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Novel Biologic Therapies for Sickle Cell Disease Management


Neil B. Minkoff, MD: There’s a biologic also in development. What can we say about that?

Ahmar U. Zaidi, MD: The biologic right now that’s in development is a medication called crizanlizumab, which is being made by Novartis. Crizanlizumab is just starting phase 3 trials now, but the phase 2 trials showed quite a significant reduction in vaso-occlusive episodes. And the way that crizanlizumab works basically is that it targets adhesion molecules, which we call selectins, in particular P-selectin, which is almost like a scaffold on endothelium. It’s like a magnet on endothelium that attracts white blood cells, and it also is expressed on platelets. And as we discussed earlier, the vaso-occlusion is very multifaceted in the players that contribute to the occlusion.

So this monoclonal antibody was developed, and as we were discussing, in the phase 2 trial showed tremendous reduction in just under 100 patients, again randomized-controlled trial, placebo-controlled. They showed that not only did they reduce the amount of pain, they also significantly reduced the time to the first pain crisis and the time to the second pain crisis. So it’s quite exciting.

Neil B. Minkoff, MD: Was that in addition to the standard of care they were already on?

Ahmar U. Zaidi, MD: Correct. Again, about two-thirds of those patients were on hydroxyurea.

Neil B. Minkoff, MD: And where would you anticipate the use of this in a practice setting?

Ahmar U. Zaidi, MD: This is a molecule that is being explored as a prophylaxis, so this is an infusion patients would get once a month for several doses to prevent pain from coming. I think that that is a very interesting component because it puts the adherence issue off the table. Because this is something that patients have to come into the clinic to receive an infusion or to an infusion center. And that takes away the daily need to have to open a bottle and take a pill.

Neil B. Minkoff, MD: Also in our discussion here looking at what’s coming down, there was the recent RESET trial.

Ahmar U. Zaidi, MD: That’s right.

Neil B. Minkoff, MD: Could you talk a little bit about what was involved in that?

Ahmar U. Zaidi, MD: Sure. The RESET trial explored the efficacy of a molecule called rivipansel, which was a pan-selectin inhibitor, again focusing on the adhesion molecules that work as magnets to pull together these components of vaso-occlusion. And that molecule was being trialed in patients who were having pain, inpatient. So it was an infusion for patients who were admitted in the setting of pain who were getting opioids. In the phase 2 trial, what they looked at was the time it took for readiness to discharge, and they also looked at the cumulative opioid use. The phase 2 trial showed trends that looked favorable but not necessarily statistically significant. They tried to address that in the phase 3 trial, and just recently we found out that they were unable to meet their primary endpoint in the phase 3 trial. Hopefully, we’ll get more information about where we went wrong with rivipansel.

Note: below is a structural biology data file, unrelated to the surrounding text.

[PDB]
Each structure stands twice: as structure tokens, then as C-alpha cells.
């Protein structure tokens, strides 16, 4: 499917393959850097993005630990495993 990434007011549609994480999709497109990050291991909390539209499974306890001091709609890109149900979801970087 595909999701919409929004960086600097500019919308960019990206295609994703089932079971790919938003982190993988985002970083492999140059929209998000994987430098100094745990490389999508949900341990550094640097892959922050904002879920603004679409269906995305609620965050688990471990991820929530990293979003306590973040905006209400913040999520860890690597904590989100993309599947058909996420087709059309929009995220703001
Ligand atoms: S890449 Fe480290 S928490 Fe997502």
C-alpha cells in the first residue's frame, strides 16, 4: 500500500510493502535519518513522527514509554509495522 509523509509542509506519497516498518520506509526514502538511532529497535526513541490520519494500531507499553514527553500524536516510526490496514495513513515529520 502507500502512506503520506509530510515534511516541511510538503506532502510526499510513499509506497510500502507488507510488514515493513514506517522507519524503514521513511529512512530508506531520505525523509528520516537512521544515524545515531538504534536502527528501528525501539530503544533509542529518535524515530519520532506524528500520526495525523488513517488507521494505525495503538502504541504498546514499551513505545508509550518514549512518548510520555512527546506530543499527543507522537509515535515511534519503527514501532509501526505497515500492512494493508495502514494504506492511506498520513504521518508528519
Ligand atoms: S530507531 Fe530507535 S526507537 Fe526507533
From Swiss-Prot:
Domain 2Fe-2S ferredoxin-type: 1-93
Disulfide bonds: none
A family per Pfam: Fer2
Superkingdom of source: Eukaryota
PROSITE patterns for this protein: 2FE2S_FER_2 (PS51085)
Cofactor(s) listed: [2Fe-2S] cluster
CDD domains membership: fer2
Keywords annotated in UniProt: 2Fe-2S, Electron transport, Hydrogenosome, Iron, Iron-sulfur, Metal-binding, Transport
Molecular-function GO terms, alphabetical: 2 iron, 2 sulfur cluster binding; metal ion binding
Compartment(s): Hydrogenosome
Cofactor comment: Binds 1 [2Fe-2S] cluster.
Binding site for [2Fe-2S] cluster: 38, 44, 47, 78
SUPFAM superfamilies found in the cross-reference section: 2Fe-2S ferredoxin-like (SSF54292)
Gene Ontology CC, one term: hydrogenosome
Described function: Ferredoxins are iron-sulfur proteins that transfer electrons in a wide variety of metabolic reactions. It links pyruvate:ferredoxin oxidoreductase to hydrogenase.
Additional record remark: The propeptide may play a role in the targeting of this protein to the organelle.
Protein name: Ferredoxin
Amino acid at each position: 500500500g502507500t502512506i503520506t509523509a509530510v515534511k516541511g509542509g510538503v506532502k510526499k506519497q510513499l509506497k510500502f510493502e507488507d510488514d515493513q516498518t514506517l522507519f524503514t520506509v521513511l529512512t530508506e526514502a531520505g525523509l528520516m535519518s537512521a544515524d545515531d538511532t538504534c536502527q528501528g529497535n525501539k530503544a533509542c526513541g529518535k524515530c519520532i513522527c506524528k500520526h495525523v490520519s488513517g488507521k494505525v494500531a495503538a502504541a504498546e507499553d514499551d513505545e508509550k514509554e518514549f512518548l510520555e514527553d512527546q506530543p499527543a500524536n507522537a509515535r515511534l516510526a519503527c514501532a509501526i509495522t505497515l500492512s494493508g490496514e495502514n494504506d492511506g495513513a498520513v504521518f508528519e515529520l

Neil B. Minkoff, MD: My understanding is there’s 1 other drug in the pipeline that’s getting a little bit of attention.

Ahmar U. Zaidi, MD: Yes, absolutely. We discussed a little bit about the role that platelets may play in vaso-occlusion. People started investigating the role of antiplatelet therapy. The medication being examined by AstraZeneca is called ticagrelor. This is a medication often used in patients with coronary artery disease and works by essentially inhibiting ADP [adenosine diphosphate]-mediated platelet aggregation. This trial is also going now into a phase 3 with some promising phase 2 results. We have had an antiplatelet agent that was assessed in what we called the DOVE trial, and this was called prasugrel. And prasugrel was unable to achieve the meeting of endpoints in its trial. We hope we have a different result with ticagrelor.

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